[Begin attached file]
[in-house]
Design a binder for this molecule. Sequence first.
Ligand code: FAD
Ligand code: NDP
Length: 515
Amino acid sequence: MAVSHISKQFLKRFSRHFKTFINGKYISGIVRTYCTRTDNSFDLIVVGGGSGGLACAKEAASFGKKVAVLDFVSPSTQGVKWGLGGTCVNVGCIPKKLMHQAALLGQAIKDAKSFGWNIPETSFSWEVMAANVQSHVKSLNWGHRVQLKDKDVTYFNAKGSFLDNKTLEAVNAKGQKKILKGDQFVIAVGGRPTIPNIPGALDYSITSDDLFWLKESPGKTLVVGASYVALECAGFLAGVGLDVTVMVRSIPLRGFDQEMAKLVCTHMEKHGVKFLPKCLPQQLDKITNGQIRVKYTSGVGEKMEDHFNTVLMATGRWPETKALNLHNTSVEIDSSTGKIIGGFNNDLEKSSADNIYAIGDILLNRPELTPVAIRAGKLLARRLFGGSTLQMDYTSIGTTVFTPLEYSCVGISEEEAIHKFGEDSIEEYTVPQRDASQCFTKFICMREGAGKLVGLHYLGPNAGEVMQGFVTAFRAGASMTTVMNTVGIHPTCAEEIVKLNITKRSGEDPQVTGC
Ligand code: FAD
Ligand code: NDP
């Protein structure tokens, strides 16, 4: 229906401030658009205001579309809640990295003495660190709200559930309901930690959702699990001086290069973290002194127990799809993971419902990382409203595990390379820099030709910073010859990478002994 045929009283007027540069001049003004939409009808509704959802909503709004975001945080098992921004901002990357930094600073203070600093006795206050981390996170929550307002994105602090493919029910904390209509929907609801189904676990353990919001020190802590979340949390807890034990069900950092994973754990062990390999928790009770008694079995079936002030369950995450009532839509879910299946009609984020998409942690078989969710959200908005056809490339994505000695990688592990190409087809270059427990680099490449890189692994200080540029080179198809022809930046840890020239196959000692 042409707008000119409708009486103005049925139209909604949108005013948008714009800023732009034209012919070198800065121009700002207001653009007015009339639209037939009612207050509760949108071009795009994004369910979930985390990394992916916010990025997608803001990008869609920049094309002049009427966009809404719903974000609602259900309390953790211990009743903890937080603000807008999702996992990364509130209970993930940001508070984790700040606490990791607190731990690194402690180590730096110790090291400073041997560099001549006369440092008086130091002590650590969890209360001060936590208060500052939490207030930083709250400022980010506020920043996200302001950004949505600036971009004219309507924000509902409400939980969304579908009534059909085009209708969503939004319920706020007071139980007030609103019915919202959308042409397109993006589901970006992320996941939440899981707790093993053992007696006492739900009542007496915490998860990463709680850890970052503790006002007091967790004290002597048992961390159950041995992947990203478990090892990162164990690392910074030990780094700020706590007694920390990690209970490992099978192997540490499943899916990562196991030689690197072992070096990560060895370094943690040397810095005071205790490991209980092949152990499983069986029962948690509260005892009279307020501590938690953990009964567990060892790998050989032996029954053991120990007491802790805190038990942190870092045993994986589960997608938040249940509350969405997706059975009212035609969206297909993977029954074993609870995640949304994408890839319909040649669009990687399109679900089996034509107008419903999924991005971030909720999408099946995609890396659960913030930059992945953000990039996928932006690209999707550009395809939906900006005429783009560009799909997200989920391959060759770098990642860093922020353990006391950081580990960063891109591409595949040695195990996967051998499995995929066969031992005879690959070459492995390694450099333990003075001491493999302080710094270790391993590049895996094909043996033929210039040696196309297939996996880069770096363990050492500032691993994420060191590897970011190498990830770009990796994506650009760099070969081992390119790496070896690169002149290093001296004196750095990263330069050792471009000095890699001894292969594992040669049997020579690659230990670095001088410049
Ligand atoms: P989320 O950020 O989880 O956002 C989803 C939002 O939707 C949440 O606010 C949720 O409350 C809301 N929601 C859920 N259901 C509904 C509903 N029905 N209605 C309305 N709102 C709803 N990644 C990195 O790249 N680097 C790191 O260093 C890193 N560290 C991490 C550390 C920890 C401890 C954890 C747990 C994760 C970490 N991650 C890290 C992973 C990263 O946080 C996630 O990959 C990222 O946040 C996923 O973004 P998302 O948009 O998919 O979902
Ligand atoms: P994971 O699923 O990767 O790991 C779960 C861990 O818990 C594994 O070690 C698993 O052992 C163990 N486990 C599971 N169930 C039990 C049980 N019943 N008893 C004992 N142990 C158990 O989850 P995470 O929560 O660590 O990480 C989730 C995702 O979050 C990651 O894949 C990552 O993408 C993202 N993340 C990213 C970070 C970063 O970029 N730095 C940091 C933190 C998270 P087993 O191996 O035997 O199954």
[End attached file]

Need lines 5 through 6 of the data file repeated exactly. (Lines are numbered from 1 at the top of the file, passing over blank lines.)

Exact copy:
Length: 515
Amino acid sequence: MAVSHISKQFLKRFSRHFKTFINGKYISGIVRTYCTRTDNSFDLIVVGGGSGGLACAKEAASFGKKVAVLDFVSPSTQGVKWGLGGTCVNVGCIPKKLMHQAALLGQAIKDAKSFGWNIPETSFSWEVMAANVQSHVKSLNWGHRVQLKDKDVTYFNAKGSFLDNKTLEAVNAKGQKKILKGDQFVIAVGGRPTIPNIPGALDYSITSDDLFWLKESPGKTLVVGASYVALECAGFLAGVGLDVTVMVRSIPLRGFDQEMAKLVCTHMEKHGVKFLPKCLPQQLDKITNGQIRVKYTSGVGEKMEDHFNTVLMATGRWPETKALNLHNTSVEIDSSTGKIIGGFNNDLEKSSADNIYAIGDILLNRPELTPVAIRAGKLLARRLFGGSTLQMDYTSIGTTVFTPLEYSCVGISEEEAIHKFGEDSIEEYTVPQRDASQCFTKFICMREGAGKLVGLHYLGPNAGEVMQGFVTAFRAGASMTTVMNTVGIHPTCAEEIVKLNITKRSGEDPQVTGC